BY DOMINIC WIGHTMAN
I was chatting with a Venezuelan friend the other day on WhatsApp. He remarked how lucky I was to be in Britain – to be able to do anything I wanted, eat anything I wanted and say anything I wanted. At the time, given the fact that my friend had just chewed through a single arepa for lunch and I had just dined out on a Beef Wellington supper, I did not query his comment and felt an augmented sense of guilt for my acceptance into the Christmas belly club.
It was only afterwards, while thinking of his words, that I questioned the last of his three refrains. Can I as a Brit really say what I want or has the glue of political correctness in the West – and the infiltration of cultural Marxism into everyday speech – enslaved Britons under some form of soft totalitarianism?
Last February anger erupted in Venezuela when videos went viral on social media showing President Maduro and the first lady, Cilia Flores, feasting with a celebrity chef at a famous steakhouse in Istanbul. Maduro was on a layover while returning home after an official trip to China seeking aid for his cash-starved homeland. Try a different canvas of sin perception and a different sin – would not similar fury erupt in the UK if Boris Johnson were to fly to Uruguay, where you really can say anything and, as friendly Uruguayans do without any bad intentions, greet a black waiter as “negro”? Judging by the Football Association’s reaction to the Uruguayan footballer Luis Suarez’ use of the word in 2011, Johnson would be forced to resign.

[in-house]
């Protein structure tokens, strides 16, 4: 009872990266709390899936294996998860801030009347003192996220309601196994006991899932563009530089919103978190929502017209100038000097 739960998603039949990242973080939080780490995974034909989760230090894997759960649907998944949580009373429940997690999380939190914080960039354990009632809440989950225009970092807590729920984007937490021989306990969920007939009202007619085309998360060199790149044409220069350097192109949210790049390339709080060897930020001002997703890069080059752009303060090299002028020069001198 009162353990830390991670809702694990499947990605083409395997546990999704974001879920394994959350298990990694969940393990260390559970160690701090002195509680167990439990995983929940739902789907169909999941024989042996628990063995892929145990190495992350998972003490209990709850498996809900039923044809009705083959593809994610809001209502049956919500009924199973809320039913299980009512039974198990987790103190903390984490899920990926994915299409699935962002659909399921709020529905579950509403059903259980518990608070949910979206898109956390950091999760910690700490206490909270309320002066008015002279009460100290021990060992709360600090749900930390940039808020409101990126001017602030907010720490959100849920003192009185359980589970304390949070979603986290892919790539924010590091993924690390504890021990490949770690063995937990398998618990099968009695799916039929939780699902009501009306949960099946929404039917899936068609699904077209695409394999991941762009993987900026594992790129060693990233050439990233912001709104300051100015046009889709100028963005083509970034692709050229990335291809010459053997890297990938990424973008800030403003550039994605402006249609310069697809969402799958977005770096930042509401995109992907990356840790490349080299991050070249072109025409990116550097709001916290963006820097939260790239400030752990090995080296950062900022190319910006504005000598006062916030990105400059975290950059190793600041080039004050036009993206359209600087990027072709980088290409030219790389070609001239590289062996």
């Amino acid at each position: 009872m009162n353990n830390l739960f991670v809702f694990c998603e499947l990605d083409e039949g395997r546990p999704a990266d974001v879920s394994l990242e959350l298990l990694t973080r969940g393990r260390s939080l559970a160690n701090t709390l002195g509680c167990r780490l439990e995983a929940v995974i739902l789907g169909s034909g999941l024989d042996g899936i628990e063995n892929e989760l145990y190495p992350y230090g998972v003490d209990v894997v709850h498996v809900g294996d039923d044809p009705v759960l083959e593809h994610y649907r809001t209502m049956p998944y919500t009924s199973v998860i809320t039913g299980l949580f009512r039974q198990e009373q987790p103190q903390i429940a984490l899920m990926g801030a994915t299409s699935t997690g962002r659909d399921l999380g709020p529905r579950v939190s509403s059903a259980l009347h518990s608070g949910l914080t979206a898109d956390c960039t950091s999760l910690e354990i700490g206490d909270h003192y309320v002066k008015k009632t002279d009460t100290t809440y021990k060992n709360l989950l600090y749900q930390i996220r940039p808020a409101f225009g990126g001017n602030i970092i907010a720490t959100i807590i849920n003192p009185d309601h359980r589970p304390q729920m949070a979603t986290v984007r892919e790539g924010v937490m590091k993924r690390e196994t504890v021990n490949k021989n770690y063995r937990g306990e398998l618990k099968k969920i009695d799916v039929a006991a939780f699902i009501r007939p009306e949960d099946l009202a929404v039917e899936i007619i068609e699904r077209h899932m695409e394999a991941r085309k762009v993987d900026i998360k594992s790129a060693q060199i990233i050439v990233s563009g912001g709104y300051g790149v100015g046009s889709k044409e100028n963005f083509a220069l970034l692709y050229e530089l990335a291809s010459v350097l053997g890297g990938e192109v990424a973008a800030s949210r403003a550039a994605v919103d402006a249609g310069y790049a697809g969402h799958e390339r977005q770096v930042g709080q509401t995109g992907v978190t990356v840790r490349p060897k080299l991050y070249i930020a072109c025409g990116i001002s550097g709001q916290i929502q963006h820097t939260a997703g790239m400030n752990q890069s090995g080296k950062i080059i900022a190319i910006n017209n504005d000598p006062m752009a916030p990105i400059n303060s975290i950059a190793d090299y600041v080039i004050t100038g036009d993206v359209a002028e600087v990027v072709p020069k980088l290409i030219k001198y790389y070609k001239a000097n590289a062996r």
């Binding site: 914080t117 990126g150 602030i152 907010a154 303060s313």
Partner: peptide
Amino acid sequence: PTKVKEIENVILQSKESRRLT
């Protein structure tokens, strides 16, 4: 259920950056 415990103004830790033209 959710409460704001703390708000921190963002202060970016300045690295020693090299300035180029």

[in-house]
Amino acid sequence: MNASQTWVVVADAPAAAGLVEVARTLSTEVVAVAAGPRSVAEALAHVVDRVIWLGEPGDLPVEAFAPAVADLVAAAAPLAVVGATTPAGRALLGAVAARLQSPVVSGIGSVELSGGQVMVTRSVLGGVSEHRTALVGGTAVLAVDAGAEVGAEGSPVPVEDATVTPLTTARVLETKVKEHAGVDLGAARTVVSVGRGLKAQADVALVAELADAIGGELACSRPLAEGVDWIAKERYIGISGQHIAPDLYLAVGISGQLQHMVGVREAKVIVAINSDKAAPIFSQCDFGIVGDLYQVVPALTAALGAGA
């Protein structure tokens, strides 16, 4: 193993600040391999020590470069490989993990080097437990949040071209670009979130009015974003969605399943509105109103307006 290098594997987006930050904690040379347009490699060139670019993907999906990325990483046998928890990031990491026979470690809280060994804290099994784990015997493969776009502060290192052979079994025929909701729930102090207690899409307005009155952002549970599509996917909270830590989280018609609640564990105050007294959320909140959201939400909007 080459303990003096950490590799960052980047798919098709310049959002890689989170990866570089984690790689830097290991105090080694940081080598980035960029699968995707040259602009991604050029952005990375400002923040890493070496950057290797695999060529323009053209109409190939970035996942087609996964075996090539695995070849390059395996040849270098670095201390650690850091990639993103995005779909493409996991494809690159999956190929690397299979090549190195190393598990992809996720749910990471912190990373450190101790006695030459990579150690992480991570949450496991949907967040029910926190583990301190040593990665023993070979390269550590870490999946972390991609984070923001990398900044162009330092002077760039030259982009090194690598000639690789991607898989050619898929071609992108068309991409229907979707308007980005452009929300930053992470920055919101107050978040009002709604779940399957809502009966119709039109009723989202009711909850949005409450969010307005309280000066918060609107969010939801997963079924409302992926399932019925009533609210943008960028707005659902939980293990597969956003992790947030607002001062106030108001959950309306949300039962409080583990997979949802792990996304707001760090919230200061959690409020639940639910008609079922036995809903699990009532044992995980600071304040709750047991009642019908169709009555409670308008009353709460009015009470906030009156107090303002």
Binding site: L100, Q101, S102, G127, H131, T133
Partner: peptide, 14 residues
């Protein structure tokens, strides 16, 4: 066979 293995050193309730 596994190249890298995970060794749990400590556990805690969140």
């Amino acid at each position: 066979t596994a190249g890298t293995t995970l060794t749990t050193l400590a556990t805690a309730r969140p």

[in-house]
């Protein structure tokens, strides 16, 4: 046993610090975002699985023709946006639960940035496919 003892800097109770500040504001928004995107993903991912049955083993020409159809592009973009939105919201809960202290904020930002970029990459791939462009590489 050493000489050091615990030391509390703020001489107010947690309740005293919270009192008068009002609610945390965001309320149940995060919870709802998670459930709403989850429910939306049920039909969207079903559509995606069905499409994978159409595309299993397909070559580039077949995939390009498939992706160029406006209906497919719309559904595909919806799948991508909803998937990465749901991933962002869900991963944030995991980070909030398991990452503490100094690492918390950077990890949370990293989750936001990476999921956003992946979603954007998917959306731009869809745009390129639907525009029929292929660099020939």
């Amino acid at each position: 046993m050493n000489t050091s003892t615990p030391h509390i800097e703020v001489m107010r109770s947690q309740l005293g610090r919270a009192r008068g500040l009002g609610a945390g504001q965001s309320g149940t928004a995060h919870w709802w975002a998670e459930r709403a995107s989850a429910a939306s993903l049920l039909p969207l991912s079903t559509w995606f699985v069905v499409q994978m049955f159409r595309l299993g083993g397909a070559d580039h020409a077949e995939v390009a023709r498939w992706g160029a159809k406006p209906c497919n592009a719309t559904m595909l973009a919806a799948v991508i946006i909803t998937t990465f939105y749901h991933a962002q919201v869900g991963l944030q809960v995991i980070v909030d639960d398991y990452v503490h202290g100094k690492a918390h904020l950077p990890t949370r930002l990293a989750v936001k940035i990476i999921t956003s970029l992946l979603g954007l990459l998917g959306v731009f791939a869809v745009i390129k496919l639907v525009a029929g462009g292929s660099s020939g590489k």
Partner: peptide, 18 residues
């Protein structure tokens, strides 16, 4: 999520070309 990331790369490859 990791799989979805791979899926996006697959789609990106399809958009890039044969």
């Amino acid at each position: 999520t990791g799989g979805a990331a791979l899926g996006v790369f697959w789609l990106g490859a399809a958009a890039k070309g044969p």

It seems to me that – far from being restricted in terms of free speech – we are afflicted by authorities’ inability to pin jelly to a wall; to decipher good from bad and implement nuance. Nuance seems to become ever more difficult for authorities, or companies, to implement when under Twitter storm from keyboard warriors, who often have ulterior motives. Free speech – due to unworkable legislation and impossible enforcement interpretations – being the jelly.